Begin your journey of self-transformation through meditation and the cultivation of mindfulness in the Vipassana tradition

Posted By admin on January 17th, 2010

The way of the Buddha is to know yourself; To know yourself is to forget yourself; To forget yourself is to be awakened by all things. Dogen – Thirteenth Century Zen Monk


The Teachings

Taos Mountain Sangha Teacher Guide – 2008

Mission Statement

Taos Mountain Sangha promotes the teachings of the Buddha and the practice of insight meditation. Insight meditation is also known as vipassana and means insight or clear seeing into the nature of reality.

The Teachings

The following is intended to provide a basic guide to the Buddha’s teachings in the Theravada tradition. The core teachings of the Buddha are found in the words of the Buddha and the in the earliest texts. These teachings are centered on the Four Noble Truths and the Eightfold Path. In simple terms, the Four Noble Truths that the Buddha taught are:

There is suffering,

There is an origin of suffering,

There is cessation of suffering and,

There is a path to the cessation of suffering: the Eightfold Path.

The Eightfold Path leads to the end of suffering or unsatisfactoriness and includes the practices of:

Right Action, Right Speech, Right Livelihood. These practices are known as Moral Conduct.

The second set of teachings in the Path is the Mental Disciplines and is Right Mindfulness, Right Effort, and Right Concentration.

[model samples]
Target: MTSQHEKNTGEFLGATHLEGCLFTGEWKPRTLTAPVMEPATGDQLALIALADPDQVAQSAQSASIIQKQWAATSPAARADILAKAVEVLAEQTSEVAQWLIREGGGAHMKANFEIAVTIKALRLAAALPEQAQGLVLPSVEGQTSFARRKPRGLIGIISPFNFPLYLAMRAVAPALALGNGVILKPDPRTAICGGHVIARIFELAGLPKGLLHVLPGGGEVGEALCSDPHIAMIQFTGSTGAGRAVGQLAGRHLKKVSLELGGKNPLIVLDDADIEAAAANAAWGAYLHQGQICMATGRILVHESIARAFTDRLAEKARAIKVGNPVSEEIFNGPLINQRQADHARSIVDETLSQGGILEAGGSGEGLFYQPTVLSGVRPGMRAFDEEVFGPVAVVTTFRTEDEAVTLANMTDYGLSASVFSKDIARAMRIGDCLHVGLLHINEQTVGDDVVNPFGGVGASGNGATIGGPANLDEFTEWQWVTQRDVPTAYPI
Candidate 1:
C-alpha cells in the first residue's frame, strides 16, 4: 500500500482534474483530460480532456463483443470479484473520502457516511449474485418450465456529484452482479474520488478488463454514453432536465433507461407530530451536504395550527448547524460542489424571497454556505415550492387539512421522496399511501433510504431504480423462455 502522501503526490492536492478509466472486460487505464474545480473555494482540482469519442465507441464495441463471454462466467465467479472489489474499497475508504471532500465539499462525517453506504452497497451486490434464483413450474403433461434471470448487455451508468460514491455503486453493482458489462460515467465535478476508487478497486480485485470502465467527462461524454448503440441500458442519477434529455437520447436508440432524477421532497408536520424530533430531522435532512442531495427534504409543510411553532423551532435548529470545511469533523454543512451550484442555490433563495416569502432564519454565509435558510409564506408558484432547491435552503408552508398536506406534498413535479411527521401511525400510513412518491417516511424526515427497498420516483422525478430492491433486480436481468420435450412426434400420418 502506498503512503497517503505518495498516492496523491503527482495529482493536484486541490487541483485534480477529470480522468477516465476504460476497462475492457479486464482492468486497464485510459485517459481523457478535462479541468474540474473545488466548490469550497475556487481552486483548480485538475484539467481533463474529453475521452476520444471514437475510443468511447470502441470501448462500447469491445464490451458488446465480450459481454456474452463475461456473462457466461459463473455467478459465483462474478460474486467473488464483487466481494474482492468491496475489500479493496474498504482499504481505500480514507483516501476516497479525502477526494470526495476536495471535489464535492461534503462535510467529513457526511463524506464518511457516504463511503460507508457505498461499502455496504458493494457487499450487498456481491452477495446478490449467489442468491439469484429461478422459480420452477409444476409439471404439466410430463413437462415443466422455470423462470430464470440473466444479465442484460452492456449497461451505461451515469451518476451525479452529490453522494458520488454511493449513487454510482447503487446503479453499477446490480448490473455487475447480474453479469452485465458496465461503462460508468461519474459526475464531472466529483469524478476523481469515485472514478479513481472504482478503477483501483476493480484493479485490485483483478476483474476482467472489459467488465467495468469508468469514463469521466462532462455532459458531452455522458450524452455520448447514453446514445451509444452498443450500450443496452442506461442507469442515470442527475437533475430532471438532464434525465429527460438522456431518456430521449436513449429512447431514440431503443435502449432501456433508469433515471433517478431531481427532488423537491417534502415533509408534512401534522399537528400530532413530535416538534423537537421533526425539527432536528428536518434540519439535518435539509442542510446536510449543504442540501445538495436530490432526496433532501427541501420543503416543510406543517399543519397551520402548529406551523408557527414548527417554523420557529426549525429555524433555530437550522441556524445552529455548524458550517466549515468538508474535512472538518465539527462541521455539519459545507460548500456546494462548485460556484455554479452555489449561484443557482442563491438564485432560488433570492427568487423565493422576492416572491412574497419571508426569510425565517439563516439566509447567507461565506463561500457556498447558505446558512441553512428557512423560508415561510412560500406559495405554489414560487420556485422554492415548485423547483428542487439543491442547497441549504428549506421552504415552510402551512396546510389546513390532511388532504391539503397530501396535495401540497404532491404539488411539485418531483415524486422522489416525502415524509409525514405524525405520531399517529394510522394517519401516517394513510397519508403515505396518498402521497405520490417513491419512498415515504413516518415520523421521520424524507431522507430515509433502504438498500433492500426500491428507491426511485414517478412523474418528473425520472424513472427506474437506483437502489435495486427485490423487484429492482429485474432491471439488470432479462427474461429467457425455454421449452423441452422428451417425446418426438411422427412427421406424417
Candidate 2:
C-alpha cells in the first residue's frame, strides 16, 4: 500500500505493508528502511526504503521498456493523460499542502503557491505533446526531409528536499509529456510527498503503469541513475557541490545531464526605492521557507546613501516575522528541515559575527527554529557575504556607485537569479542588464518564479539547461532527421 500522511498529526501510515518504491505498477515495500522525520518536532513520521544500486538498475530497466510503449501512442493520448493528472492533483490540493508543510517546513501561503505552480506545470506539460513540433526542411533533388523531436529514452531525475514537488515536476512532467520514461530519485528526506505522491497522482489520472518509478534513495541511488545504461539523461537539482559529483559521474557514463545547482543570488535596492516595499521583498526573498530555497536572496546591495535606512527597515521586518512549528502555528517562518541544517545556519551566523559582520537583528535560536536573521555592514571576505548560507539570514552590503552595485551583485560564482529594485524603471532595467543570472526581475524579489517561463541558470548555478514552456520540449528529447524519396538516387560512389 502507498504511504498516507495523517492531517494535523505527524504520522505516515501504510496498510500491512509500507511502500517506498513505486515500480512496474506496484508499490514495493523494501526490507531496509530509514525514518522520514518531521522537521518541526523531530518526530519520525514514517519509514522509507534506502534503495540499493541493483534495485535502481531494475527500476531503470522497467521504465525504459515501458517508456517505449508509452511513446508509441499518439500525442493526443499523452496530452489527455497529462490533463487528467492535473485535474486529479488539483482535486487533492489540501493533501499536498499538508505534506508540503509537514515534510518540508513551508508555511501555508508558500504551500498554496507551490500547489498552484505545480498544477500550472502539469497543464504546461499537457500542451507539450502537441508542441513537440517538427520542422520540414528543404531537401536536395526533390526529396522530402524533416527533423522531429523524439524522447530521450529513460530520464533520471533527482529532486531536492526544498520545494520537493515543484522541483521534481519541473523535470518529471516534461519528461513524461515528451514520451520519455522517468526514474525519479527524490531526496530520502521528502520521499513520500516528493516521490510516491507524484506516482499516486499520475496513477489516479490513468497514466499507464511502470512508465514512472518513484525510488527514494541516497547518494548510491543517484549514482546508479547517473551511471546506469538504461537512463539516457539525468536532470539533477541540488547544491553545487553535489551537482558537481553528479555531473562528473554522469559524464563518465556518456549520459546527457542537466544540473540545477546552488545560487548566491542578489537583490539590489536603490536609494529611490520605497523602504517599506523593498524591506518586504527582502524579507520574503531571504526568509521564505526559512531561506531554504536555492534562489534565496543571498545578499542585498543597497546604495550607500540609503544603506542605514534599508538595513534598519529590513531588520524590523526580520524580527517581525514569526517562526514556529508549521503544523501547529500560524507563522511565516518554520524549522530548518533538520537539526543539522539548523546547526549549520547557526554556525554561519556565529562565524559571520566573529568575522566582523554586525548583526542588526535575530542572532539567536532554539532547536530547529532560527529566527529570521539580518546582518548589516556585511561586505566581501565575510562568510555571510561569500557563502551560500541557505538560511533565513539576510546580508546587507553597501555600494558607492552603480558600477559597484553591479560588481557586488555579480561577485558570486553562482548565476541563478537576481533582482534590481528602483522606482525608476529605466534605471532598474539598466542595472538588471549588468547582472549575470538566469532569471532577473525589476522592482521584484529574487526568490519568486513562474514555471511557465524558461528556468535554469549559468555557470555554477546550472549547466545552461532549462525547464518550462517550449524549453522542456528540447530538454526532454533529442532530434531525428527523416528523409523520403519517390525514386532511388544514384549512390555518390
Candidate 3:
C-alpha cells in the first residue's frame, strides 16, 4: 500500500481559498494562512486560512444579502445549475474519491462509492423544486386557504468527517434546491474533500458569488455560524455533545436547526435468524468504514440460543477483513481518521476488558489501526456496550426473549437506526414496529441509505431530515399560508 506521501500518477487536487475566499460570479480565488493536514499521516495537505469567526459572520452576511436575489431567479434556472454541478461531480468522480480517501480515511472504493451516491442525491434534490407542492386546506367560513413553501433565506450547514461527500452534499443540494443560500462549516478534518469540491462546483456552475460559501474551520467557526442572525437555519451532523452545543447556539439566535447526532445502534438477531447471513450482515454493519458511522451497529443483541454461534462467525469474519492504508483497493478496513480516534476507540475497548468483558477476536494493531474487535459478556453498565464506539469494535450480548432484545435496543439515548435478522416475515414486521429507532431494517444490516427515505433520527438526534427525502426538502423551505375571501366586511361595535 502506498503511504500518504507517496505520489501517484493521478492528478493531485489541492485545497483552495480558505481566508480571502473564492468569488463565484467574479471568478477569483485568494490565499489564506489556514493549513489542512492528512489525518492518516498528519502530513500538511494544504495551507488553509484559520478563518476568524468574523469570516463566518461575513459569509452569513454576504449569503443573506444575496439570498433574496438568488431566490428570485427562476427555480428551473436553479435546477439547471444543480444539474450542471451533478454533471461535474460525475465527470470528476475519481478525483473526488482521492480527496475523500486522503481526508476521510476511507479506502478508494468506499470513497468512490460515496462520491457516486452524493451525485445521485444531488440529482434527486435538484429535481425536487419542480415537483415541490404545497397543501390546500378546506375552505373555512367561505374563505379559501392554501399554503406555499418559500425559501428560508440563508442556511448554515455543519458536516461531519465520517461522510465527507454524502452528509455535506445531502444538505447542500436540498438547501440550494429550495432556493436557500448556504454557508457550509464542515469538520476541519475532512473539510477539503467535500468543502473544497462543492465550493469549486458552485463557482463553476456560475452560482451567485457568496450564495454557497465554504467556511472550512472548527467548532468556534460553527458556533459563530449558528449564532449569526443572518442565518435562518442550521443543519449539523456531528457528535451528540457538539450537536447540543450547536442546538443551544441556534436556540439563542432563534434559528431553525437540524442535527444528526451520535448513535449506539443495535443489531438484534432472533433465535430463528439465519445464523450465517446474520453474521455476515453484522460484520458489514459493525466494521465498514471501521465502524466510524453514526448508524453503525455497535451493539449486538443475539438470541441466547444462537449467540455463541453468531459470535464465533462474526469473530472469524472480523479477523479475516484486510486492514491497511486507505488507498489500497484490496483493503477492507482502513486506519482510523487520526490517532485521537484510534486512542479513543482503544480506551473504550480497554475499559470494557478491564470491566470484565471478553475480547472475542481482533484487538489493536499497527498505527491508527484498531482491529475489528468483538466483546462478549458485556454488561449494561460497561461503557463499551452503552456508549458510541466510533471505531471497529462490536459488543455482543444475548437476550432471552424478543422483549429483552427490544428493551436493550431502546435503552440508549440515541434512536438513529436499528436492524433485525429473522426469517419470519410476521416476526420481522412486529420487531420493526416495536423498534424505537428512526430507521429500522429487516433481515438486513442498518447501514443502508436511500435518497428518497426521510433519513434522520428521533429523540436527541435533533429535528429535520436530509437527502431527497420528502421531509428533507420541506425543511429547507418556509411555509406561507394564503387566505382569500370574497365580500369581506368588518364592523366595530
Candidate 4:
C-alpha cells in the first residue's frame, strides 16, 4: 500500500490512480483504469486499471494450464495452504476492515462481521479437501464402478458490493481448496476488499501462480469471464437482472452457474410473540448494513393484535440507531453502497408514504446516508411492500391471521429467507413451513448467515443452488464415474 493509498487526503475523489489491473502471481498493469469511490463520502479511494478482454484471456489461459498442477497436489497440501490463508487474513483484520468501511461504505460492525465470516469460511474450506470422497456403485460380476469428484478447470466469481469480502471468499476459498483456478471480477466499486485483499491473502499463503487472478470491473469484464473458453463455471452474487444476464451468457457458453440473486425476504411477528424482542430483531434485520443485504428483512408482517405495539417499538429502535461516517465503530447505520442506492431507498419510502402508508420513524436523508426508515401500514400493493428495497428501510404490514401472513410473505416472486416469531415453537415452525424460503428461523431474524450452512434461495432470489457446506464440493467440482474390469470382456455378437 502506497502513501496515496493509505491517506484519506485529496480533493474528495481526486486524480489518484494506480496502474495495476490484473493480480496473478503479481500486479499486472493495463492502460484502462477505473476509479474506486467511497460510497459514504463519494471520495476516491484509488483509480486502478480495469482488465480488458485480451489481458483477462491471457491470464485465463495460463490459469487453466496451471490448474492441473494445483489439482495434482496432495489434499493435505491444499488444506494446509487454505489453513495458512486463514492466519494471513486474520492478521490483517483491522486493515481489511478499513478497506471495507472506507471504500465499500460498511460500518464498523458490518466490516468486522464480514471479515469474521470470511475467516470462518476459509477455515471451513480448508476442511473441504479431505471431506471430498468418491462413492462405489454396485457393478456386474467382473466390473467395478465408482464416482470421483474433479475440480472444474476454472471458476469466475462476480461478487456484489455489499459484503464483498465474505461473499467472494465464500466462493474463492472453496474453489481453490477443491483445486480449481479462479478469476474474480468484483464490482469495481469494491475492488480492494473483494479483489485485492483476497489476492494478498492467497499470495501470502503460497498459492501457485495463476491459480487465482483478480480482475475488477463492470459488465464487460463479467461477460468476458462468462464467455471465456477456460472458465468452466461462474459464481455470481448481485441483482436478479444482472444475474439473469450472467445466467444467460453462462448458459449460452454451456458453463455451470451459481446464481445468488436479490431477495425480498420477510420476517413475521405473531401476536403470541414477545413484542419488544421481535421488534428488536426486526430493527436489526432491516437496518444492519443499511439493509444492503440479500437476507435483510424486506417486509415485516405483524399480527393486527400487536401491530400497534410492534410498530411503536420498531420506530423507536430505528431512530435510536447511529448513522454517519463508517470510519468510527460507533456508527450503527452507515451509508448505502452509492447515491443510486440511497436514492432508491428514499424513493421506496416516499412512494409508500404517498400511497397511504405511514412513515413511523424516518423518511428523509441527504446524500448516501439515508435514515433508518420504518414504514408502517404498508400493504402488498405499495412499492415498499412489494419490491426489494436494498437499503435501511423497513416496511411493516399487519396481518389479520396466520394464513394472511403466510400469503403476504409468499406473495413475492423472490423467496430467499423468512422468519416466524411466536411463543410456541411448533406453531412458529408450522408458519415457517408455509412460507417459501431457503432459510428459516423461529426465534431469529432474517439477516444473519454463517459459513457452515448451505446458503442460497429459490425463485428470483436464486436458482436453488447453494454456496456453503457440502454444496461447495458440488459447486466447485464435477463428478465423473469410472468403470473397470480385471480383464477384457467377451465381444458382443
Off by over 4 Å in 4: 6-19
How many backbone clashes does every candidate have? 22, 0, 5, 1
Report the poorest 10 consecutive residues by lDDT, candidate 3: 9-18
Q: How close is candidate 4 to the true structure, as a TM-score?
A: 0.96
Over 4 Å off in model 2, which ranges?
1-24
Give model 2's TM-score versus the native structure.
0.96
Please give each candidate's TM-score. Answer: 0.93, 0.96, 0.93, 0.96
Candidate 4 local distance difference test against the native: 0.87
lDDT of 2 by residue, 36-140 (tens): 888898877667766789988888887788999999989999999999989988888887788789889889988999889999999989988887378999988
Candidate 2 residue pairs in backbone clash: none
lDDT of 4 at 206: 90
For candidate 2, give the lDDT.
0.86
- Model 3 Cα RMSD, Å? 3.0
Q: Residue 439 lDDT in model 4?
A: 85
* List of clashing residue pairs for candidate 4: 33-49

The Wisdom Set of practices is Right Understanding and Right Thought.

Considered together, the Eightfold Path constitutes guidelines for realizing the cessation of dukkha or suffering in one’s life.

The teachings of the Buddha were passed down from generation to generation by oral tradition prior to being written down in suttas or scriptures. The teachings are embodied in many forms and in Theravada Buddhism the earliest scripts are known as the Pali Canon and topics include but are not exclusive to:

The life of the Buddha,

Four Noble Truths and the Eightfold Path,

The Middle Way,

The Satipatthana Sutta and other Suttas,

The Brahma Viharis,

The Three Refuges,

The Seven Factors of Enlightenment,

The Four Elements,

The Five Hindrances,

The Ten Paramis,

The Aggregates,

The Three Universal Truths – impermanence, suffering, non-self,

The Four Painful Attachments and other concepts such as;

Impermanence, kamma, emptiness/not-self, faith, renunciation, intentionality, the mind, the senses, and mindfulness.